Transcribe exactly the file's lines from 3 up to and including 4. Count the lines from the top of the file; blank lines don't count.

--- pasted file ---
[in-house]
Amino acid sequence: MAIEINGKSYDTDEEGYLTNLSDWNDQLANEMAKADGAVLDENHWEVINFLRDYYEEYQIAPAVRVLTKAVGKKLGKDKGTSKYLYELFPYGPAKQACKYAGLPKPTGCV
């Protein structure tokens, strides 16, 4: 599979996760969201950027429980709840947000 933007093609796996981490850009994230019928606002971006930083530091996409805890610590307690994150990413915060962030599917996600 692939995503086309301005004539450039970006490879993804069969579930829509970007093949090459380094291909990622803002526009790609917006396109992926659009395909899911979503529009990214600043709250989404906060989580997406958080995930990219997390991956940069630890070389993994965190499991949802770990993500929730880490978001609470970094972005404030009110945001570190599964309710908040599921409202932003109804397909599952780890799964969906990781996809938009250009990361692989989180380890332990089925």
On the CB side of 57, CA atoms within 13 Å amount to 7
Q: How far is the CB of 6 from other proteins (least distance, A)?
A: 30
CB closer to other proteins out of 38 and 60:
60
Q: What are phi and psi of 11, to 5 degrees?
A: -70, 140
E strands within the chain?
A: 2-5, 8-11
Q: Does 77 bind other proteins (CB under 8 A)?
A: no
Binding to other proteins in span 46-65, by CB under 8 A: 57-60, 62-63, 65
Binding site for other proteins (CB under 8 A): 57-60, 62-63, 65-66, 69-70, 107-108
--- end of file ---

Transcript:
């Protein structure tokens, strides 16, 4: 599979996760969201950027429980709840947000 933007093609796996981490850009994230019928606002971006930083530091996409805890610590307690994150990413915060962030599917996600 692939995503086309301005004539450039970006490879993804069969579930829509970007093949090459380094291909990622803002526009790609917006396109992926659009395909899911979503529009990214600043709250989404906060989580997406958080995930990219997390991956940069630890070389993994965190499991949802770990993500929730880490978001609470970094972005404030009110945001570190599964309710908040599921409202932003109804397909599952780890799964969906990781996809938009250009990361692989989180380890332990089925």
On the CB side of 57, CA atoms within 13 Å amount to 7